Spero exhibited in the 1950 Salon des Independents and her first solo exhibition (in tandem with Leon Golub) was held at Indiana University in 1958. Thereafter, she showed sporadically until nearly 30 years later when her career flourished and she enjoyed international stature. Beginning in 1986, each year brought multiple solo exhibitions at galleries and museums in the United States and internationally. In addition, she continued to participate in group shows such as "Documenta" and the Venice Biennale. Her work is included in the permanent collections of museums throughout the world.

Awards and honors included the Skowhegan Medal for Works on Paper (1995), Hiroshima Art Prize shared with Leon Golub (1996), The Women's Caucus for Art award for Outstanding Achievement in Visual Arts (2003), and The Women's Caucus for Art Distinguished Artist Award for Lifetime Achievement (2005). Spero was awarded honorary Doctorates of Fine Arts by The School of the Art Institute of Chicago (1991) and Williams College (2001), and was elected a member of the American Academy of Arts and Letters (2006).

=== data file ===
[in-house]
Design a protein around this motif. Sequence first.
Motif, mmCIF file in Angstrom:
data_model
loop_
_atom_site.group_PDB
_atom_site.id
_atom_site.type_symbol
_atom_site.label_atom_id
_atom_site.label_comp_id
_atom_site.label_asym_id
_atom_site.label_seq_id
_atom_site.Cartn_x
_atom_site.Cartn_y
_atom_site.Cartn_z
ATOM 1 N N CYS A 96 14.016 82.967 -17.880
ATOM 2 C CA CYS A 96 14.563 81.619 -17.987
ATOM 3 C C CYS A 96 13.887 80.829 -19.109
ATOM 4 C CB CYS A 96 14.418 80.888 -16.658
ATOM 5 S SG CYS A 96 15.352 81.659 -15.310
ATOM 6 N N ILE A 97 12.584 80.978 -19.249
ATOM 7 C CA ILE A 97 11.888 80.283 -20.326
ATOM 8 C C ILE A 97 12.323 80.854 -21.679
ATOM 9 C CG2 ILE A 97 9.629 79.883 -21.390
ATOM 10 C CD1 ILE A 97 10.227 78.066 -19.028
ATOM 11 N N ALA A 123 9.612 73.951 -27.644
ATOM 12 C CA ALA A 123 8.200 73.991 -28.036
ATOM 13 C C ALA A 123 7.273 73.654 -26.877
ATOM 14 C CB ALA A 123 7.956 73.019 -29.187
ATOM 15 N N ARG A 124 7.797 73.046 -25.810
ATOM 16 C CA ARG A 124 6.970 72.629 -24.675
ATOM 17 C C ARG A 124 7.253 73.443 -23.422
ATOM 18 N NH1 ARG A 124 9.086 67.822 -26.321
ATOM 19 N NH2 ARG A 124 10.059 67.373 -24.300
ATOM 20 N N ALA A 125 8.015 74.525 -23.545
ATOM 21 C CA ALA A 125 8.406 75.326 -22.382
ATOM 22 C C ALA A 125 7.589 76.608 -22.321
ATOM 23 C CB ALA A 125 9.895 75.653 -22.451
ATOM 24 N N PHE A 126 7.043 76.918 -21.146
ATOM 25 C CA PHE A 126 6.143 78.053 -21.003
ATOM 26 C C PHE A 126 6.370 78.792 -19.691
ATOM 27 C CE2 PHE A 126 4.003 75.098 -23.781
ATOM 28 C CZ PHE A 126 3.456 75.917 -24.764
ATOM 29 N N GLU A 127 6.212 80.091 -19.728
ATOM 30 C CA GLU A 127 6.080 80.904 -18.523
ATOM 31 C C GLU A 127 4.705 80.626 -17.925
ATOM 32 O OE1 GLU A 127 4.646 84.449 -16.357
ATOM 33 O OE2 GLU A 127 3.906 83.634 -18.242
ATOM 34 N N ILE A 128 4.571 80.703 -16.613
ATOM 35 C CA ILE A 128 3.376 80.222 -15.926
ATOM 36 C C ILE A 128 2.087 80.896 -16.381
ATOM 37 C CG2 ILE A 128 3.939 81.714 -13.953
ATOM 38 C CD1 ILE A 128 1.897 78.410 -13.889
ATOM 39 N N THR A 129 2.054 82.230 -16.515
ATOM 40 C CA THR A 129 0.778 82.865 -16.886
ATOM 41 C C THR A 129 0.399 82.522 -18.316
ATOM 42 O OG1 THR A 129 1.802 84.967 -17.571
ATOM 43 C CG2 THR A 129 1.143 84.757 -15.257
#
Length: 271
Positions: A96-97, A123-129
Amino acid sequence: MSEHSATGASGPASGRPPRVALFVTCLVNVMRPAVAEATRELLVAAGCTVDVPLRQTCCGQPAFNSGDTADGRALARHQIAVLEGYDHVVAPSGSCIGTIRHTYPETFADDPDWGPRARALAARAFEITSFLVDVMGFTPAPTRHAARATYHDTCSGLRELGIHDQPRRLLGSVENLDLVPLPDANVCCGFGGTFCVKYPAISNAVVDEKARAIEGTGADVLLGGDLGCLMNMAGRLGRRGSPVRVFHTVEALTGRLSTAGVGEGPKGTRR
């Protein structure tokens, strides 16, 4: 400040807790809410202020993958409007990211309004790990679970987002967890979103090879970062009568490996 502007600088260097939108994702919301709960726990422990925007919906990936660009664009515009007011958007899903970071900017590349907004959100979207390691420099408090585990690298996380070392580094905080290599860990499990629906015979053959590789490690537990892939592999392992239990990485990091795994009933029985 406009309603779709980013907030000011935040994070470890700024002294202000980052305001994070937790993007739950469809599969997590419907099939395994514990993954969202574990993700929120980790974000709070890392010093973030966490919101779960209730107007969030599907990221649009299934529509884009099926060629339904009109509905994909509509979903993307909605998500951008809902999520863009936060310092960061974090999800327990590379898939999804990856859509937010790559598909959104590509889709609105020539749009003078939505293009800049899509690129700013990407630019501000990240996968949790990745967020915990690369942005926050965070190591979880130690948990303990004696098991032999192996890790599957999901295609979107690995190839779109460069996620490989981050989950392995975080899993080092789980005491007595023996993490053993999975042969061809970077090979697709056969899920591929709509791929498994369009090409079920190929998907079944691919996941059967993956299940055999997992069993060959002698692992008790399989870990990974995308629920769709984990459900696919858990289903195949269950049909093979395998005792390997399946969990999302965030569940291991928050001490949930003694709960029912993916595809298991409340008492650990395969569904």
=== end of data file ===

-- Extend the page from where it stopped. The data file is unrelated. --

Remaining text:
After several years of declining health, Nancy Spero died from heart failure in New York City, October 18, 2009.
Related Materials:
Also among the holdings of the Archives of American Art an interview of Nancy Spero conducted 2008 Februay 6-July 24, by Judith Olch Richards, and the papers of Spero's husband, Leon Golub.
Provenance:
Gift of Nancy Spero in 1979. The majority of the collection was donated by her sons, Stephen Golub, Philip Golub, and Paul Golub in 2013.
Restrictions:
Use of original material requires an appointment. Use of archival audiovisual recordings with no duplicate access copy requires advance notice.
Rights:
The Nancy Spero papers are owned by the Archives of American Art, Smithsonian Institution. Literary rights as possessed by the donor have been dedicated to public use for research, study, and scholarship. The collection is subject to all copyright laws